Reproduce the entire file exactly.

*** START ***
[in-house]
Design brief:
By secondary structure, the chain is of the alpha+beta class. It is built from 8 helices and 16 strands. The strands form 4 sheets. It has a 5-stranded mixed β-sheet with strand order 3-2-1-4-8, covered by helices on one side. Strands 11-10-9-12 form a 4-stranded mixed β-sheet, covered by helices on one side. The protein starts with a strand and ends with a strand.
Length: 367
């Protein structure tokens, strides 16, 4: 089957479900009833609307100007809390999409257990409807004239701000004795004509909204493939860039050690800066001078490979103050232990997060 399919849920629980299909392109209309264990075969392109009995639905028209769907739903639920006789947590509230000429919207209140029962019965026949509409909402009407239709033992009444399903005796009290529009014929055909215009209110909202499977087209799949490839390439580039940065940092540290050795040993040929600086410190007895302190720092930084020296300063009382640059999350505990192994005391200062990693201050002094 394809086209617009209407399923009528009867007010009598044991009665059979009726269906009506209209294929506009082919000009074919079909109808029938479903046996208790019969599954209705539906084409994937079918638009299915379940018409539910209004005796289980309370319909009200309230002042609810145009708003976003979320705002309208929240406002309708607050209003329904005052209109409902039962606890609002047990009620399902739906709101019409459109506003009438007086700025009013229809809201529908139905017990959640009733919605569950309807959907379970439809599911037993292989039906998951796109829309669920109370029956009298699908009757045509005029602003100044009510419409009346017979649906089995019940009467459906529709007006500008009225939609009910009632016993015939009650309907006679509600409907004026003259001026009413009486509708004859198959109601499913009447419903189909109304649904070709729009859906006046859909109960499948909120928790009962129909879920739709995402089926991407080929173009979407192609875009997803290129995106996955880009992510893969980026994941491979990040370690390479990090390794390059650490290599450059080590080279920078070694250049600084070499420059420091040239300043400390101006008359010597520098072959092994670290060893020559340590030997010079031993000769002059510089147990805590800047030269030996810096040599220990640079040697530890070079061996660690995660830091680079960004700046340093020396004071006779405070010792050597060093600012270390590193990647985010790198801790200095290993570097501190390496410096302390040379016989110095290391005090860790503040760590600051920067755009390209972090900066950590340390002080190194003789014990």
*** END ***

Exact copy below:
[in-house]
Design brief:
By secondary structure, the chain is of the alpha+beta class. It is built from 8 helices and 16 strands. The strands form 4 sheets. It has a 5-stranded mixed β-sheet with strand order 3-2-1-4-8, covered by helices on one side. Strands 11-10-9-12 form a 4-stranded mixed β-sheet, covered by helices on one side. The protein starts with a strand and ends with a strand.
Length: 367
């Protein structure tokens, strides 16, 4: 089957479900009833609307100007809390999409257990409807004239701000004795004509909204493939860039050690800066001078490979103050232990997060 399919849920629980299909392109209309264990075969392109009995639905028209769907739903639920006789947590509230000429919207209140029962019965026949509409909402009407239709033992009444399903005796009290529009014929055909215009209110909202499977087209799949490839390439580039940065940092540290050795040993040929600086410190007895302190720092930084020296300063009382640059999350505990192994005391200062990693201050002094 394809086209617009209407399923009528009867007010009598044991009665059979009726269906009506209209294929506009082919000009074919079909109808029938479903046996208790019969599954209705539906084409994937079918638009299915379940018409539910209004005796289980309370319909009200309230002042609810145009708003976003979320705002309208929240406002309708607050209003329904005052209109409902039962606890609002047990009620399902739906709101019409459109506003009438007086700025009013229809809201529908139905017990959640009733919605569950309807959907379970439809599911037993292989039906998951796109829309669920109370029956009298699908009757045509005029602003100044009510419409009346017979649906089995019940009467459906529709007006500008009225939609009910009632016993015939009650309907006679509600409907004026003259001026009413009486509708004859198959109601499913009447419903189909109304649904070709729009859906006046859909109960499948909120928790009962129909879920739709995402089926991407080929173009979407192609875009997803290129995106996955880009992510893969980026994941491979990040370690390479990090390794390059650490290599450059080590080279920078070694250049600084070499420059420091040239300043400390101006008359010597520098072959092994670290060893020559340590030997010079031993000769002059510089147990805590800047030269030996810096040599220990640079040697530890070079061996660690995660830091680079960004700046340093020396004071006779405070010792050597060093600012270390590193990647985010790198801790200095290993570097501190390496410096302390040379016989110095290391005090860790503040760590600051920067755009390209972090900066950590340390002080190194003789014990």